Marikana commission musn't fail: AI

2012-09-27 07:32

Johannesburg - The commission of inquiry set up to investigate deaths in violence associated with the unprotected strike at Lonmin's Marikana mine must not fail, rights group Amnesty International said on Wednesday.

Director for southern Africa, Noel Kututwa, said most of the deaths had been the result of excessive force used by police.

"It is vital that [the commission] is empowered, properly resourced and given the time to do everything necessary to uncover exactly what happened in Marikana and help ensure these horrific events are not repeated."

Kututwa urged the government to provide assurance that the commission's report would be made public within a specified time.

The commission's work would be difficult as it had to begin work at short notice and had tight deadlines.


Amnesty International's information suggested that 44 people were killed, but other reports put the total at 46.

On 16 August, 34 striking workers were killed when police opened fire and 78 were wounded.

A total of 270 workers were arrested afterwards.

Twelve others were killed in violence associated with the strike.

Kututwa said that potential witnesses needed assurance that they could give evidence to the commission without fear of reprisal.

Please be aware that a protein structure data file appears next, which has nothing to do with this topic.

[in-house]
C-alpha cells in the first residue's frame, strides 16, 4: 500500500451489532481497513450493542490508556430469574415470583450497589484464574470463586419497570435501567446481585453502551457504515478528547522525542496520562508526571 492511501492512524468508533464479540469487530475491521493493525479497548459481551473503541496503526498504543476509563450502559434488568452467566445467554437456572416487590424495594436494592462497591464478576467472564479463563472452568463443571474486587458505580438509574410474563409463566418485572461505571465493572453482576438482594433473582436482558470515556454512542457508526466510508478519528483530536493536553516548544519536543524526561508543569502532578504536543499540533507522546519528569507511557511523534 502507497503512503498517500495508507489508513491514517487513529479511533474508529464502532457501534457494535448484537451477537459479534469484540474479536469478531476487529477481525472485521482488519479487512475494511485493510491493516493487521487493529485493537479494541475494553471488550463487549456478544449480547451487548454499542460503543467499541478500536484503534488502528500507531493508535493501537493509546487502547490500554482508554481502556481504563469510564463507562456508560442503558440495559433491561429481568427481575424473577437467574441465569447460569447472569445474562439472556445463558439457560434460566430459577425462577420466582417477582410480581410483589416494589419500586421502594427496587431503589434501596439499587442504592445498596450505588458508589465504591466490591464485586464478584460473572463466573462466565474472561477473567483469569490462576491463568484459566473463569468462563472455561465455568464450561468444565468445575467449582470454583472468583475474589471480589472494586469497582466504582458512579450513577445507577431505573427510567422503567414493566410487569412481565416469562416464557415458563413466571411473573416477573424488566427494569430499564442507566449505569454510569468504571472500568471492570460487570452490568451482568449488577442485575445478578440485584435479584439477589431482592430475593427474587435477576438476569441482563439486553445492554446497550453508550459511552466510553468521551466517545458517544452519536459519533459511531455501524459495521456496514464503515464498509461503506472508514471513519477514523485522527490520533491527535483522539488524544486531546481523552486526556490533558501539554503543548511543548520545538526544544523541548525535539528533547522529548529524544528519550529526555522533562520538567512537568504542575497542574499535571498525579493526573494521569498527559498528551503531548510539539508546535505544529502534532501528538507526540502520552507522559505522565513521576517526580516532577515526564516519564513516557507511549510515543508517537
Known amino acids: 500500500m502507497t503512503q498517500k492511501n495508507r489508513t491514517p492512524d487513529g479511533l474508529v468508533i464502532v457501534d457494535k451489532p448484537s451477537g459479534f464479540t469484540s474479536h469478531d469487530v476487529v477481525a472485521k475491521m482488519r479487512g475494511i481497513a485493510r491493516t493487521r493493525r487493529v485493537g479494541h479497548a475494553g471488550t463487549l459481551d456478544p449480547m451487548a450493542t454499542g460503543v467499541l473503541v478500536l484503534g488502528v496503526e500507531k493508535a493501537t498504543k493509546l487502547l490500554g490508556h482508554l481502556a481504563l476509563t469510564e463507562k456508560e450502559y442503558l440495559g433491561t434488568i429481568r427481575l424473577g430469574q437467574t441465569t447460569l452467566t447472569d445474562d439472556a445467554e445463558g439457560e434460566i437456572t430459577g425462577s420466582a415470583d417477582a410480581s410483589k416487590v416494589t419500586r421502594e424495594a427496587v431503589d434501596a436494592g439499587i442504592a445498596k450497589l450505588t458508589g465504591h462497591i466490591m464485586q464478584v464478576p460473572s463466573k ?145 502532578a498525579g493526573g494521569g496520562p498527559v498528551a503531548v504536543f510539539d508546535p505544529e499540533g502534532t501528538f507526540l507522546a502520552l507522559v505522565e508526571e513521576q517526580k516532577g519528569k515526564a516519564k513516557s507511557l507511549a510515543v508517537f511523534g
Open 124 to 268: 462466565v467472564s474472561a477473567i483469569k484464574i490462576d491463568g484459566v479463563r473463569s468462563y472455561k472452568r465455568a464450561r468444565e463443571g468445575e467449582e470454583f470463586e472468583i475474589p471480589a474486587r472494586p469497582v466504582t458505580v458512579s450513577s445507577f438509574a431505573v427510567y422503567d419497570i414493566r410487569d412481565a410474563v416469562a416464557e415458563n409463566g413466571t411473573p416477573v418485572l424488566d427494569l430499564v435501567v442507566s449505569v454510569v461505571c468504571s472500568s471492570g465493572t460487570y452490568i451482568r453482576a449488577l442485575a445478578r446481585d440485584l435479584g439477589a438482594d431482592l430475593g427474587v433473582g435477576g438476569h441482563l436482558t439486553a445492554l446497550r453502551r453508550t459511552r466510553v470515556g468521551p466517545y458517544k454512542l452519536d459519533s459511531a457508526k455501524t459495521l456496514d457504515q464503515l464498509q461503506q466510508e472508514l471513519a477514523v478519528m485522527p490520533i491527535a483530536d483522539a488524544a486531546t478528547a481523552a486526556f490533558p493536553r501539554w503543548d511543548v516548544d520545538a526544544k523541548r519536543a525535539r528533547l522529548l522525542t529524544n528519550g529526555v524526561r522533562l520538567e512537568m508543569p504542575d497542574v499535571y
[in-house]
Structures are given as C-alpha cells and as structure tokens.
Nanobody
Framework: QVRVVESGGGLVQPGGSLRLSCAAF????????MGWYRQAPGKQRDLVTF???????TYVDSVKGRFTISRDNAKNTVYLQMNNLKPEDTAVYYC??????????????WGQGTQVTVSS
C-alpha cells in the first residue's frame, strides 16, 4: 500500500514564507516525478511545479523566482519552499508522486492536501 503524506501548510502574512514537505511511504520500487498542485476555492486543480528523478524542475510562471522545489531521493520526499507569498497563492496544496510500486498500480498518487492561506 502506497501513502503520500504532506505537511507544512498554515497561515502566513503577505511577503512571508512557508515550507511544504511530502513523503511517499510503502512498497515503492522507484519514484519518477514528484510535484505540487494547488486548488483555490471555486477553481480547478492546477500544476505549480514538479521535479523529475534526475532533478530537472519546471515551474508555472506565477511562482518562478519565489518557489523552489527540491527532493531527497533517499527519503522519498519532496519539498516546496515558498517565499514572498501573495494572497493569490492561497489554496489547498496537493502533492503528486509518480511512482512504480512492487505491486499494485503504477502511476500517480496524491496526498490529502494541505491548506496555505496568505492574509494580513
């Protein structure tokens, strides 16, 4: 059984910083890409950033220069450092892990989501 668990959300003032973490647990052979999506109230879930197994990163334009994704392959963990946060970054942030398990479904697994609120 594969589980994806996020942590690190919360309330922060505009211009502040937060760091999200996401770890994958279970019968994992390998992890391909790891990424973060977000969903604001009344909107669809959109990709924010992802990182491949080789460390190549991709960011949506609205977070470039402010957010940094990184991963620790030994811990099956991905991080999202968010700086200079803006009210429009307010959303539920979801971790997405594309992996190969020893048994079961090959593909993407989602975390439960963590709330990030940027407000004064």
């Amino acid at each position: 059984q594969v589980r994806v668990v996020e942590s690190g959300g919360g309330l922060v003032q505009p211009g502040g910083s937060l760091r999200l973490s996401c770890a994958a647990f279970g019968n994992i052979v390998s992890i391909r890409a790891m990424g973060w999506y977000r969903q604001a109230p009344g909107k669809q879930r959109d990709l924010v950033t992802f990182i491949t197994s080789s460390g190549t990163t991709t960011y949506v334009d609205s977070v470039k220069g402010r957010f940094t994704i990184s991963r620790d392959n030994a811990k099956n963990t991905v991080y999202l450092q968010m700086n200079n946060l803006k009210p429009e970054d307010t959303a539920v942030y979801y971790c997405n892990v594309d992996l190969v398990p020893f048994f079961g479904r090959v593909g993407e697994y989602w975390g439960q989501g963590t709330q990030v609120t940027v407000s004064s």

The scope of the inquiry also needed to be defined.

"A robust, visibly impartial and open inquiry by the commission will provide a critical opportunity to begin to secure justice and redress for all those affected by the violence in Marikana."

  • United.Red.Angel - 2012-09-27 08:58

    You guys realise that "musn't" isn't a word, right? Don't you guys use spell check??

      ludlowdj - 2012-09-27 11:08

      in a country where over 80% of the country is illiterate and matriculants have been proven to not be able to read or right, the last thing of importance is the grammar nazi

      United.Red.Angel - 2012-09-27 11:37

      I think you mean "write", and if grammar nazis didn't exist, I'm sure 100% of the country would be illiterate

  • cliffadams007 - 2012-09-27 09:20

    I have the greatest respect and confidence in the Commissioner, retired judge, Ian Farlam. He will not let the country, the miners, their families down, as long as the Government put the needed structures into place. I, like many, am looking forward to Government publishing (+- Feb-Apr 2013) the Final Report and to read the last chapter, which will be the findings and recommendations. All the best to the best to the Commissioner,his Staff and to all those who will be giving evidence before the Commission.

  • ludlowdj - 2012-09-27 11:07

    Of course it will be successful, the ANC will ensure it takes long enough for them to "successfully" cover up any wrong doing on the part of the police, while planting enough evidence to make the miners as guilty as hell, the normal ANC operating procedure.

  • marc.hugo.75 - 2012-09-27 12:12

    The only reason for appointing a commission of inquiry is to "buy time" to allow the hue and cry to die down. It helps placate people, pretend that something is being done, buy time to identify scapegoats and in short, creates a legal mechanism to shove the whole thing under the carpet long after people have stopped caring about it. Whenever there is a big incident that could bring the government into disrepute, like this, a commission of inquiry is feverishly appointed. Let's face it, what is the 300 page report going to actually discover that we don't already know?

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